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It isn’t long after that when Pat decides that she wants to go home early – it’s a Castle thing, you wouldn’t understand – but on the drive back, Mike feels obligate to try one more time with his apology, this time laying his soul bare (or certainly way more bare than we usually see it), telling her that he hates that he made her feel so bad, and admitting that, having lost his mother when he was young, “you’ve kind of been the only mom I’ve got.” You can see from Pat’s face that the importance of this remark is not lost on her, and it’s certainly not lost on us, but just when you think you’ve seen the best Mike moment of the episode, suddenly he’s dancing with Pat to King Harvest in a gas station parking lot. It’s a beautiful thing. In fact, it’s so beautiful that I’m not going to waste any words on Frankie’s attempt to “pay it forward” in the grocery store, a sequence which has one of those painful endings that shows Frankie at her worst.

So, wait, it’s an episode called “Not Mother’s Day,” and the least successful storyline belonged to the mother? You know, maybe it really is time for Frankie to put a bullet in Mother’s Day.

Stray observations:

  • Well, it’s about time we finally got a reference to the rabbit’s whereabouts, but I think it’s probably time to fear the worst about its fate.
  • Raise your hand if you recognized Vernee Watson as the grocery cashier. I’m thinking it might be time for me to circle back to her about doing a Random Roles interview. (I asked her a few years ago, and she was reticent because she doesn’t really like talking about herself, but it’s been long enough that maybe she’ll reconsider.)
  • “Woofy Dog can’t even absorb my tears. Now they just roll off!”

The Goldbergs: “Smother’s Day”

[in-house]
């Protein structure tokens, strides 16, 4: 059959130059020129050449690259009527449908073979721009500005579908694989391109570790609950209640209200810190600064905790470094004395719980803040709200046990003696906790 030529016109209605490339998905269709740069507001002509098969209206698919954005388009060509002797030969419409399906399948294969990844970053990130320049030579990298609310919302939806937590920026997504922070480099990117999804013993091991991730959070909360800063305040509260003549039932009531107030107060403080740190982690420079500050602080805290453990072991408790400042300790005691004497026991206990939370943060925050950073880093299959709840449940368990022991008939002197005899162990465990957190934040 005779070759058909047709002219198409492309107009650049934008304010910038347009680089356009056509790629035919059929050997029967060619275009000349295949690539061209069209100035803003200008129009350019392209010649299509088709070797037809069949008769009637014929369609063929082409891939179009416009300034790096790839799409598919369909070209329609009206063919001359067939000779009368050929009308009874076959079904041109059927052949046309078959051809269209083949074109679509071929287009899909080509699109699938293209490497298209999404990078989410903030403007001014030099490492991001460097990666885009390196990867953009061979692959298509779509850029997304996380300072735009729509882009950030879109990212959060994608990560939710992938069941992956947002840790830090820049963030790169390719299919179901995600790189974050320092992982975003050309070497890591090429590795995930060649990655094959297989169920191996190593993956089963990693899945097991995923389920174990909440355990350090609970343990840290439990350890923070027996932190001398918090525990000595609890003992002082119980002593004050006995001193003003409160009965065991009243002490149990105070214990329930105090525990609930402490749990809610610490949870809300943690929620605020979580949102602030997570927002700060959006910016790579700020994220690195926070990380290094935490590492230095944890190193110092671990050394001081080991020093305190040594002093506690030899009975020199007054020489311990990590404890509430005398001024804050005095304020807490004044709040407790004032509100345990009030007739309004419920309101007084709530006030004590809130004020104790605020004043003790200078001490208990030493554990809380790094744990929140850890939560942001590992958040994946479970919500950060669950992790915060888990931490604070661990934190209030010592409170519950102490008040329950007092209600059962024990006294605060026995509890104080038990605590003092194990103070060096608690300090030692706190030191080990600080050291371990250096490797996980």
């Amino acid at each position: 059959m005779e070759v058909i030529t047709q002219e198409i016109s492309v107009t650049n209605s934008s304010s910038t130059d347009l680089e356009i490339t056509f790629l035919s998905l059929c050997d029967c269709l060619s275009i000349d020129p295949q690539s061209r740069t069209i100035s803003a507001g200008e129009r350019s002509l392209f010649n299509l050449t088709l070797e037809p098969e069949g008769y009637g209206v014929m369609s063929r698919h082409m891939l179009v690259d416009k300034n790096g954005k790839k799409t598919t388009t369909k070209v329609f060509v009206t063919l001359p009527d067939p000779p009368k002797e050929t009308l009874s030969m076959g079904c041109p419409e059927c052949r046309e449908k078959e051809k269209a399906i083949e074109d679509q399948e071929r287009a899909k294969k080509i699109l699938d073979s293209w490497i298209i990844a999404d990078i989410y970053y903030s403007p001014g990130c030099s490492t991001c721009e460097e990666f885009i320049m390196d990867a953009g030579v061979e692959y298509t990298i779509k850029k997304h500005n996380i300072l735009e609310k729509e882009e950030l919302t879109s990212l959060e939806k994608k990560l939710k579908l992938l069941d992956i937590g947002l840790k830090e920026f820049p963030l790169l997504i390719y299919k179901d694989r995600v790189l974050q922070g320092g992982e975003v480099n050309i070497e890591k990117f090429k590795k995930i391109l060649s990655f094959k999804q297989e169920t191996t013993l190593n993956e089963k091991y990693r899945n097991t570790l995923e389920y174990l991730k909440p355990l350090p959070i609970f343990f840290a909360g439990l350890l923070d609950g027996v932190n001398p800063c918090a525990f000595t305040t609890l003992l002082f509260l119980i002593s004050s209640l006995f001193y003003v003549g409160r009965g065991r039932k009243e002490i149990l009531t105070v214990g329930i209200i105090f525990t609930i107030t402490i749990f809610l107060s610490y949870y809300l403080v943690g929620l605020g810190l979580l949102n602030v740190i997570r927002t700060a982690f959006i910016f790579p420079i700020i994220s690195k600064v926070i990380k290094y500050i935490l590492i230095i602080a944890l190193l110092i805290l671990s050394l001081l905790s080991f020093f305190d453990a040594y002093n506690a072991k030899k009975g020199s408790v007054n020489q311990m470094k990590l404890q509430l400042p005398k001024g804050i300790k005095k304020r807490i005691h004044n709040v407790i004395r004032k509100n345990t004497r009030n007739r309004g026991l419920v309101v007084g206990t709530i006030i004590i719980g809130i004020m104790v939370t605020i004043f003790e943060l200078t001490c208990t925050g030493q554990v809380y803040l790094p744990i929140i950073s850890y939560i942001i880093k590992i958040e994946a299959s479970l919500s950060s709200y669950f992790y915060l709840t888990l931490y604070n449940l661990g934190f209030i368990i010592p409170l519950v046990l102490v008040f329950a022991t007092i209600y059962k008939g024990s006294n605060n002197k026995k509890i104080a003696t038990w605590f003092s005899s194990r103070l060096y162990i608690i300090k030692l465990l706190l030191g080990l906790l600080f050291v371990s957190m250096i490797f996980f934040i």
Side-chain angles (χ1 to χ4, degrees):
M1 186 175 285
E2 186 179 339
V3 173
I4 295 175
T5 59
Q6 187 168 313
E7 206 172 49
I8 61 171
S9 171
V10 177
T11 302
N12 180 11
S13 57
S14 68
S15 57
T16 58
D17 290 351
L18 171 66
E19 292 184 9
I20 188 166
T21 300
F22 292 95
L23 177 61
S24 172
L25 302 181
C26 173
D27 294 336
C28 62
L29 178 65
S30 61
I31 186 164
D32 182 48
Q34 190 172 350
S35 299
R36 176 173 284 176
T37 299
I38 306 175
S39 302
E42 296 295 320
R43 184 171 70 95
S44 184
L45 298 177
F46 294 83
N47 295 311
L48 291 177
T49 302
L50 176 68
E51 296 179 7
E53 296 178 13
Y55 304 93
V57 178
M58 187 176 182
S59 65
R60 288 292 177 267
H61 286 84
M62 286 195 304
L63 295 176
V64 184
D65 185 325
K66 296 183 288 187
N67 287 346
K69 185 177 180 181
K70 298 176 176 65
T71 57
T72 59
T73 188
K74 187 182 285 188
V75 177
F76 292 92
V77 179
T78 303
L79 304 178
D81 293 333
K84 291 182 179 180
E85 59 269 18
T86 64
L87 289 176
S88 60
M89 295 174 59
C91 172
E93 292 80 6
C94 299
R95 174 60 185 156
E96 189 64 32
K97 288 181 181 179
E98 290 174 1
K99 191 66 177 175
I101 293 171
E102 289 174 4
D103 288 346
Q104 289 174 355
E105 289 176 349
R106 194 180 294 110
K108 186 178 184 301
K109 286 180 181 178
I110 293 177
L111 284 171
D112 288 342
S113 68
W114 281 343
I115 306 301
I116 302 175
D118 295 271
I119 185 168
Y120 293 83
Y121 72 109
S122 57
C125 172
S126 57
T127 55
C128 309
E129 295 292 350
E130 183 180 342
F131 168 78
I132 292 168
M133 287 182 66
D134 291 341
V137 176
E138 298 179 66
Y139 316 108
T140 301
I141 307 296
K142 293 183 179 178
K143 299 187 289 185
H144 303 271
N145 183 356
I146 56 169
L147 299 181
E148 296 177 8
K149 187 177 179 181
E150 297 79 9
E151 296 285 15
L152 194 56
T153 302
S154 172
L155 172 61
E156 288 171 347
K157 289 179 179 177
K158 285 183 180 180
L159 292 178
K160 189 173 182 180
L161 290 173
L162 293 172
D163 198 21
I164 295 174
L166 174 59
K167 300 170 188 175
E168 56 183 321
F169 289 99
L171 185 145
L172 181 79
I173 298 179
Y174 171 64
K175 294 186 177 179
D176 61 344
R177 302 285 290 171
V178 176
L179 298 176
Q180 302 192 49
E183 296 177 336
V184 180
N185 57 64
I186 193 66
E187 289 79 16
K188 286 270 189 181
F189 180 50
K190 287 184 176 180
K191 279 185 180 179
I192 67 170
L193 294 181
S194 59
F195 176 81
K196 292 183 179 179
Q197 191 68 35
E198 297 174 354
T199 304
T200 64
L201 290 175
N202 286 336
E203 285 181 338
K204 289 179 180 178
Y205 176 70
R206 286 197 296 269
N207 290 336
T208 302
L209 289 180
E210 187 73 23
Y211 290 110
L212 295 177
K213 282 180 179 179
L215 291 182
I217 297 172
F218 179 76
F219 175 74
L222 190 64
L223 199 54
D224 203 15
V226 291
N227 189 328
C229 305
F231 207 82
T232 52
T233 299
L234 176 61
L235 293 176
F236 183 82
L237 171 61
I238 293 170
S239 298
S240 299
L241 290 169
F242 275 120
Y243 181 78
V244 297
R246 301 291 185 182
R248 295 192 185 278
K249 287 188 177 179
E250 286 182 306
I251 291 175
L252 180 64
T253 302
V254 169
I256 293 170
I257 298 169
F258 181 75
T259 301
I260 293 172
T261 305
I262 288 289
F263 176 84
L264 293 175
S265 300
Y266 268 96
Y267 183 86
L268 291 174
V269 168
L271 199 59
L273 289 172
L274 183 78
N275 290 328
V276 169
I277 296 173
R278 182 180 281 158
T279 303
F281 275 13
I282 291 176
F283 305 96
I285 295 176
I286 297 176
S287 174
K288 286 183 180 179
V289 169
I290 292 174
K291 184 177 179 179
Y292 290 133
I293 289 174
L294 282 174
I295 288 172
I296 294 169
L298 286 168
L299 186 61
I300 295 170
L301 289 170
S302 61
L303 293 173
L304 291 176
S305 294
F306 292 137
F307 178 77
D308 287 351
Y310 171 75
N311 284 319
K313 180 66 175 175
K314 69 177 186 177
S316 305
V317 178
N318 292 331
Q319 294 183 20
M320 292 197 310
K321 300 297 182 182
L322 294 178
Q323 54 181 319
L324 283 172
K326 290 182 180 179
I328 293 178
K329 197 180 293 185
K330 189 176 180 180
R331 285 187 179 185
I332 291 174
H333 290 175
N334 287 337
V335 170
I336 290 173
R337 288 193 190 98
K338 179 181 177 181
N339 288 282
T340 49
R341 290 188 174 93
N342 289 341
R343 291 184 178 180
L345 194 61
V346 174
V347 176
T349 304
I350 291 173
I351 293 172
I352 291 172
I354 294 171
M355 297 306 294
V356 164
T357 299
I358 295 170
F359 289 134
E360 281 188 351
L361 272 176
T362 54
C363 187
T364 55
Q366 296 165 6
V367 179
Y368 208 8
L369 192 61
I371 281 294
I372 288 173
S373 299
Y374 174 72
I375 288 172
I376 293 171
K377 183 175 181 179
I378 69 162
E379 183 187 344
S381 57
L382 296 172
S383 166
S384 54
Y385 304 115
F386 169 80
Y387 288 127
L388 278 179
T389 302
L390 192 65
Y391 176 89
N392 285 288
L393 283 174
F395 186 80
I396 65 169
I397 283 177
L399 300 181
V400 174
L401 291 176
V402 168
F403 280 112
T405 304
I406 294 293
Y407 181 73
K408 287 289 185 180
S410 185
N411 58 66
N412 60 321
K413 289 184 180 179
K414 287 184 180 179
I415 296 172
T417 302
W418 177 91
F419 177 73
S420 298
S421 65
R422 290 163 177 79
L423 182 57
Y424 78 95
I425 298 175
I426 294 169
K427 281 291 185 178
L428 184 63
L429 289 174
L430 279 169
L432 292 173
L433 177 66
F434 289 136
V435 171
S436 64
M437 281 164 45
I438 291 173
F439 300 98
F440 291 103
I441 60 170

There are some movies that are seen by the masses as definitive ‘80s movies— Ghostbusters, E.T, Back to the Future, anything from the early John Hughes oeuvre—and then there are those ‘80s movies that strike you as magical while leaving others at a loss to understand your adoration of them. For instance, I have an abiding love for Electric Dreams, which is about the love between a man and his home computer, and his home computer’s love for the cellist who lives upstairs and looks like Virginia Madsen. I do not claim that it is a film for the ages, but when I first saw it at the age of 14, I thought it was swell. I still do.

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This seems to be approximately how Adam F. Goldberg felt about SpaceCamp, a film which, although it certainly has its fans, does not generally pop up when the average person is listing off the greatest ‘80s movies ever. But, of course, it’s not like you had to actually see SpaceCamp for it to have had an effect on you: just knowing that there really was such a thing as a camp where you’d go and participate in astronaut training was enough to make most kids run straight to their parents and beg to go…which, of course, is exactly what Adam did.